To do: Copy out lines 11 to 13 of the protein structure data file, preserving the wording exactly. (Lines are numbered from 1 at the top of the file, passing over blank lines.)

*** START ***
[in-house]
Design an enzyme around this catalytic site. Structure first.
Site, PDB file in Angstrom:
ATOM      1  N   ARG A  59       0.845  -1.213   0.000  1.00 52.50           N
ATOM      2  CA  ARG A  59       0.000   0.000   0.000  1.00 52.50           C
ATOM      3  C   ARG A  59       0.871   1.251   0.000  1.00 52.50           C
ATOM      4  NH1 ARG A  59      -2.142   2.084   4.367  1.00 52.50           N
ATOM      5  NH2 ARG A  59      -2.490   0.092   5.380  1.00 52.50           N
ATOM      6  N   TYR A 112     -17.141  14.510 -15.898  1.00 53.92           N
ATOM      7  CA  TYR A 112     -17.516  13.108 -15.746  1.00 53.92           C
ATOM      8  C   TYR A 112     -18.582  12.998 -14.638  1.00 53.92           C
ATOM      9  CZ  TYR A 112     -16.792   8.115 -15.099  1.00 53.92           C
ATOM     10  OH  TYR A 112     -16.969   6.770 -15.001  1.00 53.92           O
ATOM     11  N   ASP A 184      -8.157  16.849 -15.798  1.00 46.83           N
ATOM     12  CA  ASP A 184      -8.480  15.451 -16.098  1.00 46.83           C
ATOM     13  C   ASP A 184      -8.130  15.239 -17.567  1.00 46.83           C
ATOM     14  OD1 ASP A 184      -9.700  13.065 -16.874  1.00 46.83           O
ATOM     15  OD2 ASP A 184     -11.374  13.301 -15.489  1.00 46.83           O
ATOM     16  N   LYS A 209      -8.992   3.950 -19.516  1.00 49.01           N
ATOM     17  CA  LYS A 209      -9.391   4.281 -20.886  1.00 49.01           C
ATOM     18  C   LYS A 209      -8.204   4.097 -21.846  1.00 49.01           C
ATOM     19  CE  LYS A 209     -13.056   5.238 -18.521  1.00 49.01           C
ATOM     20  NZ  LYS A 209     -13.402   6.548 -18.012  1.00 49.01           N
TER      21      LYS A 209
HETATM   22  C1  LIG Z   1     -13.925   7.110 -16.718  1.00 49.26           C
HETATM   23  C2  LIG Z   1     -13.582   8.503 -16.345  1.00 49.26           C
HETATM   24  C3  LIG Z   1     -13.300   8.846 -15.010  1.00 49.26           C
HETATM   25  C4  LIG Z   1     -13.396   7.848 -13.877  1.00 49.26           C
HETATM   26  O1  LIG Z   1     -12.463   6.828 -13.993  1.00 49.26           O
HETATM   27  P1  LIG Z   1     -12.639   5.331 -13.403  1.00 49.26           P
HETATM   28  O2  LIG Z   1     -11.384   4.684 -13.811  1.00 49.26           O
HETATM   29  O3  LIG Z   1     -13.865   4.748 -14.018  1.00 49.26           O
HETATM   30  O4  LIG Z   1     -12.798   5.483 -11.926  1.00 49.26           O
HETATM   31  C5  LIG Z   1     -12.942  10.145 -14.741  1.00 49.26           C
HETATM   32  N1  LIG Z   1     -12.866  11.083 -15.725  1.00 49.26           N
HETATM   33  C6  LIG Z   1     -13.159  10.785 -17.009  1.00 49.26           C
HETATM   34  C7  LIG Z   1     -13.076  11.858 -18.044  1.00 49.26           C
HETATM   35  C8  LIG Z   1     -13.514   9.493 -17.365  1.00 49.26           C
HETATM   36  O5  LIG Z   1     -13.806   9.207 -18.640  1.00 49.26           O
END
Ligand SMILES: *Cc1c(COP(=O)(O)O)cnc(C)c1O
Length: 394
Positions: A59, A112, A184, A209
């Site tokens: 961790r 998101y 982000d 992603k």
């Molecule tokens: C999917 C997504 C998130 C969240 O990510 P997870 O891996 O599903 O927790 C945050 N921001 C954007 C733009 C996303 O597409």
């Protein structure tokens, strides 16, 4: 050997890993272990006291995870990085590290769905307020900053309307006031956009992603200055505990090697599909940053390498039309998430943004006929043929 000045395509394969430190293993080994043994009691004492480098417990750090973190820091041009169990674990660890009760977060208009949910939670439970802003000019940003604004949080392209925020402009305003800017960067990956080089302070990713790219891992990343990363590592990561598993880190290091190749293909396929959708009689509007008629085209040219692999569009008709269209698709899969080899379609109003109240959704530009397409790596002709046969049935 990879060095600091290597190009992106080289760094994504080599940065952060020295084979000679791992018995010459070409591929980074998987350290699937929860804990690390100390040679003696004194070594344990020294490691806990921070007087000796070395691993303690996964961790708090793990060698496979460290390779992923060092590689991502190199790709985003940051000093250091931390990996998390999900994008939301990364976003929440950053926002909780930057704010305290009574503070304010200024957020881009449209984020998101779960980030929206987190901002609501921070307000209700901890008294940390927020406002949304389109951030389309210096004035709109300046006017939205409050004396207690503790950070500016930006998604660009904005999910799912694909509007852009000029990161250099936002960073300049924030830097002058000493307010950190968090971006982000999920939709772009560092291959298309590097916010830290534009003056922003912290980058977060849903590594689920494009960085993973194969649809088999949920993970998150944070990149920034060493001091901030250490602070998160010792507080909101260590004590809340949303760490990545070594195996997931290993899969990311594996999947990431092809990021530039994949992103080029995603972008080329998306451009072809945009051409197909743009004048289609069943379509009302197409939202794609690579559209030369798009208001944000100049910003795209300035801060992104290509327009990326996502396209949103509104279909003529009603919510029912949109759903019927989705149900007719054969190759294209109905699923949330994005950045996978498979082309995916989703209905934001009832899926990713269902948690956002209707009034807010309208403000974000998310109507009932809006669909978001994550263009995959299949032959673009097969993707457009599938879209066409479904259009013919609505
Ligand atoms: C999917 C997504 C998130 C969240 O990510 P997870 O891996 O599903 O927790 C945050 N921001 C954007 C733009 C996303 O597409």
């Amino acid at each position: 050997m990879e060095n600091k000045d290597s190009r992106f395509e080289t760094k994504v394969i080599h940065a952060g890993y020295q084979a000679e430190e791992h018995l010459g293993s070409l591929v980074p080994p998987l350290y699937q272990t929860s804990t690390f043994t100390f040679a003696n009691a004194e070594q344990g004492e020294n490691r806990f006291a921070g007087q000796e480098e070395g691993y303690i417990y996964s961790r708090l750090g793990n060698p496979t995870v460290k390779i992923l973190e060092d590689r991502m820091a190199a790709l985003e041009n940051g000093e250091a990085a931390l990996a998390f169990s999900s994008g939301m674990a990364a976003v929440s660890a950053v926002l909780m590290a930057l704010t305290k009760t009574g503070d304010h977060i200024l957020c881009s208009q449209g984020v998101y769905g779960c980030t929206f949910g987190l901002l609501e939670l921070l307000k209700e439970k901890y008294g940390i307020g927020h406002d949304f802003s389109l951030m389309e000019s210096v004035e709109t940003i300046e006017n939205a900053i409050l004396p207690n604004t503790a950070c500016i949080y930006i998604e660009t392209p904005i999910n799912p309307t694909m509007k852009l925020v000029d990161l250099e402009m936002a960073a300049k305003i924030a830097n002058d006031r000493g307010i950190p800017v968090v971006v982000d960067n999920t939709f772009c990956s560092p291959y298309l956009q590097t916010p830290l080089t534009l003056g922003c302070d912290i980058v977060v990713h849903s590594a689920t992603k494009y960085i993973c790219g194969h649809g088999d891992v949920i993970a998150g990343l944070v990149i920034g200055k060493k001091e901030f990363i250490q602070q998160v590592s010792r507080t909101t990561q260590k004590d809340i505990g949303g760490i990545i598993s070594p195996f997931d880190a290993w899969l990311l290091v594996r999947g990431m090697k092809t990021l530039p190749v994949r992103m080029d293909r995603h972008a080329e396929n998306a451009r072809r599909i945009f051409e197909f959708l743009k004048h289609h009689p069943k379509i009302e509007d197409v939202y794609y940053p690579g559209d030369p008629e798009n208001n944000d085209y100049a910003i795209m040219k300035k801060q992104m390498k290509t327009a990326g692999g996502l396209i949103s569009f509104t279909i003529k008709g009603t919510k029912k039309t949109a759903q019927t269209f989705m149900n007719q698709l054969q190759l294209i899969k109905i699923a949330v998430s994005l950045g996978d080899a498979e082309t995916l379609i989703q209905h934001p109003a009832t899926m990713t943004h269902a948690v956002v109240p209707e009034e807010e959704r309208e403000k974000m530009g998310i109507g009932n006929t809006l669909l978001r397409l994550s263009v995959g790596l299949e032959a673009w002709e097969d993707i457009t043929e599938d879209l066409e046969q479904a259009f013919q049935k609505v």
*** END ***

ATOM      8  C   TYR A 112     -18.582  12.998 -14.638  1.00 53.92           C
ATOM      9  CZ  TYR A 112     -16.792   8.115 -15.099  1.00 53.92           C
ATOM     10  OH  TYR A 112     -16.969   6.770 -15.001  1.00 53.92           O